The market is open 24 hours and most crowded after midnight and in the early morning. In Thailand they just love flowers and colors!

Wat Arun

Wat Arun, Bangkok

Bangkok by river boat: the temple of Wat Arun

Wat Arun, BangkokWat Arun is the landmark of Bangkok that is widely used in pictures and postcards.

Arun means morning and the temple is also called the Temple of Dawn.

The main prang (tower) is as high as 79 m and has steep steps that you can climb when there’s no restoration work going on.

In addition to the high main prang there are lower prangs at each corner of the Wat.

 

All Wat Arun towers have a very special ornamentation created with broken pieces of Chinese porcelain and seashells. There are decorative pictures of monkeys and demons.

Decorations, Wat Arun, Bangkok

Monkeys and demons

To get to Wat Arun you have to take a cross-river ferry from Pier 8. Wat Arun is on the opposite river bank.

 

North of Wat Arun is another beautiful temple area, you walk past as you walk from the ferry pier and theese pictures are from that temple. There were some men building the temple roof.

Temple roof, Bangkok

Wat Arun roof repairers

There’s also a pretty garden cafe where you can sit in the shade. Many monks, most of which were young boys, were walking around in the temple garden.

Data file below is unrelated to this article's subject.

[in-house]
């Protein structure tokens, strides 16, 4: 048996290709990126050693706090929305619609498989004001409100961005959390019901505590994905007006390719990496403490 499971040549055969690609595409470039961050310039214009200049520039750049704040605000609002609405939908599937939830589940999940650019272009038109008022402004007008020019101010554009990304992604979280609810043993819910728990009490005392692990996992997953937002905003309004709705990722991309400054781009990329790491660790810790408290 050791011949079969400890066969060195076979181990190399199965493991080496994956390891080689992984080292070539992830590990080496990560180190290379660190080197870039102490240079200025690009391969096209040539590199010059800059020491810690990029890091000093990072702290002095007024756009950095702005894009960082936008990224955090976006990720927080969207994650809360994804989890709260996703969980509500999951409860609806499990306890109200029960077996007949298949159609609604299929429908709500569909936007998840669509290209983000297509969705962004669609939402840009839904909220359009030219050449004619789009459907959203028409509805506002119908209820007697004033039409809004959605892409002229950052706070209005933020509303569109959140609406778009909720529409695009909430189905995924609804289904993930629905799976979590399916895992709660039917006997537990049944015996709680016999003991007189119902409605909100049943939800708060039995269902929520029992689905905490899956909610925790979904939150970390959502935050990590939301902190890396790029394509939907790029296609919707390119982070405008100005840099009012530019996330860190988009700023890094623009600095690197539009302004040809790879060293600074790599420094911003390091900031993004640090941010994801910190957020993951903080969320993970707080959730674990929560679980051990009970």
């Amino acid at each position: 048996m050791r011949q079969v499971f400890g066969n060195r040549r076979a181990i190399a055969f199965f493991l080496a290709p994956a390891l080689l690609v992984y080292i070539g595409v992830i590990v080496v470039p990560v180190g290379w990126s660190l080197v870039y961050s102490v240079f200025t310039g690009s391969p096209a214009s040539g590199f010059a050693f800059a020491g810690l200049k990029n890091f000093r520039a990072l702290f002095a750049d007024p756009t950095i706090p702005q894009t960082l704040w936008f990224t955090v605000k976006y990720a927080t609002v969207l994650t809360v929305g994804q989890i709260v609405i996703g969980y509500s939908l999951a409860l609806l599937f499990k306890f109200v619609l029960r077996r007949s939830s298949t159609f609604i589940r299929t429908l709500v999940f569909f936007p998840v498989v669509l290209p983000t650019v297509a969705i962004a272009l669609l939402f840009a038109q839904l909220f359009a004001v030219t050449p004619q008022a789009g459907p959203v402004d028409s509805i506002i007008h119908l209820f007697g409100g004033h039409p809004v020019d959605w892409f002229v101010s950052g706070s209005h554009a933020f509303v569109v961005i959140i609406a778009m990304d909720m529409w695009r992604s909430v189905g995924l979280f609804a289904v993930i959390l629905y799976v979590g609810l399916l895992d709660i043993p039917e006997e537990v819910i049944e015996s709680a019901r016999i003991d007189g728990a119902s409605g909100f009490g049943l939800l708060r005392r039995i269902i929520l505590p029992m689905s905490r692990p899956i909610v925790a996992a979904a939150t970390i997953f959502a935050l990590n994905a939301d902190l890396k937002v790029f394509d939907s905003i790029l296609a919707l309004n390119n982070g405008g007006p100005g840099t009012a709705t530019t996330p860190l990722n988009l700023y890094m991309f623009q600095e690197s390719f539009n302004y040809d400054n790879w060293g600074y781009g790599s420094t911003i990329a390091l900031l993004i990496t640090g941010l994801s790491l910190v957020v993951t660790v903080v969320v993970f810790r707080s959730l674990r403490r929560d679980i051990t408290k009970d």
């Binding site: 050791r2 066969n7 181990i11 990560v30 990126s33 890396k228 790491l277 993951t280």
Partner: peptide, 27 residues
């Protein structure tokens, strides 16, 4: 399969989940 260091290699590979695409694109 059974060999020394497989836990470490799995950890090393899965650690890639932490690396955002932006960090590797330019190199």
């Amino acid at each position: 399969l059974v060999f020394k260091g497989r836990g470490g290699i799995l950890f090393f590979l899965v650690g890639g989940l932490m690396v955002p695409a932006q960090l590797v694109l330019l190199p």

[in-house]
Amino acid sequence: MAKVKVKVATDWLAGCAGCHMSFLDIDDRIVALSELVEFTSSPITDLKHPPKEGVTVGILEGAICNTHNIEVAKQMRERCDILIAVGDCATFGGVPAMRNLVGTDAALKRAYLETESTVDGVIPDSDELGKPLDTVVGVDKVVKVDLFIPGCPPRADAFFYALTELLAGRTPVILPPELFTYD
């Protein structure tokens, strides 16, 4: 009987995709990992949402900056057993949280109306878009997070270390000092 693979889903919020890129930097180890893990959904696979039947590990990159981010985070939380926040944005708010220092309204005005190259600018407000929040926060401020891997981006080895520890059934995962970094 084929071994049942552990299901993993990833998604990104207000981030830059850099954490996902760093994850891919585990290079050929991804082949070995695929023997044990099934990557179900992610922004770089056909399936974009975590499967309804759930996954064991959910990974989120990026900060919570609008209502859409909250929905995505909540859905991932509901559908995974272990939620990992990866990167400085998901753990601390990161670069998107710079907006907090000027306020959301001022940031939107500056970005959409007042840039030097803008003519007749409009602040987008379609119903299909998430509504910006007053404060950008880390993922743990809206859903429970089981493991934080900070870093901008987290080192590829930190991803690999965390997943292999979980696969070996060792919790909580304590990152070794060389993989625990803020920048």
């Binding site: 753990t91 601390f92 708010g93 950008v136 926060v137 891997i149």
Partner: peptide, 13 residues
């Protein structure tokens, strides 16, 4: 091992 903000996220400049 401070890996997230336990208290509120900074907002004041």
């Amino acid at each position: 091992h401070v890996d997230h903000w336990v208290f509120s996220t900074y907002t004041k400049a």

So many beautiful temple buildings again, Bangkok seems to be full of temples, but some of the temples here were under restoration.

Grand Palace and Wat Phra Kaeo

The Grand Palace and Wat Phra Kaeo starts at Pier 8 where Wat Arun is, but the closest Pier to the entrance is Pier 9.

This is Thailand’s holiest temple and has also been the residence of the king. We wanted to see both Wat Phra Kaeo and the Grand Palace, but there was no success whenever we tried.

Grand Palace and Wat Phra Kaeo

Bangkok by river boat: the Grand Palace

The first day our clothing was not proper; you’re supposed to wear long pants. The second day we came it was already closing time and the third day happened to be a Buddha day and the temple opened for visitors first later, in the afternoon. We spent time and came back, and when the temple opened there was a massive queue when all the big tourist groups came at the same time.

So we didn’t see Wat Phra Kaeo. Maybe next time. This is what it looks like from the outside.

 

Other sights nearby in Bangkok Old Town are the National Museum, the National Gallery, the University and the giant statue of the Big Buddha, a sight that we visited instead. We hired a tuk-tuk to see more of the Old Town and the Big Buddha.

Bangkok Tuk-tuks

A tuk-tuk in Bangkok

Bangkok tuk-tuks

Sometimes the distances were too long to walk and in those cases we used tuk-tuks. We discussed the price first and then hopped on. In the temperature of 34 Celcius the fresh breeze in an open vehicle in a big bonus compared to cars.

 

Tuk-tuks are common everywhere in Bangkok and since they are smaller they are mostly a quicker way of transport than a taxi. I’m not sure if they are cheaper than taxis, they both are pretty cheap if you come from Europe.

The tuk-tuks took us to small side streets that were full of local life. These pictures are taken on a tuk-tuk journey.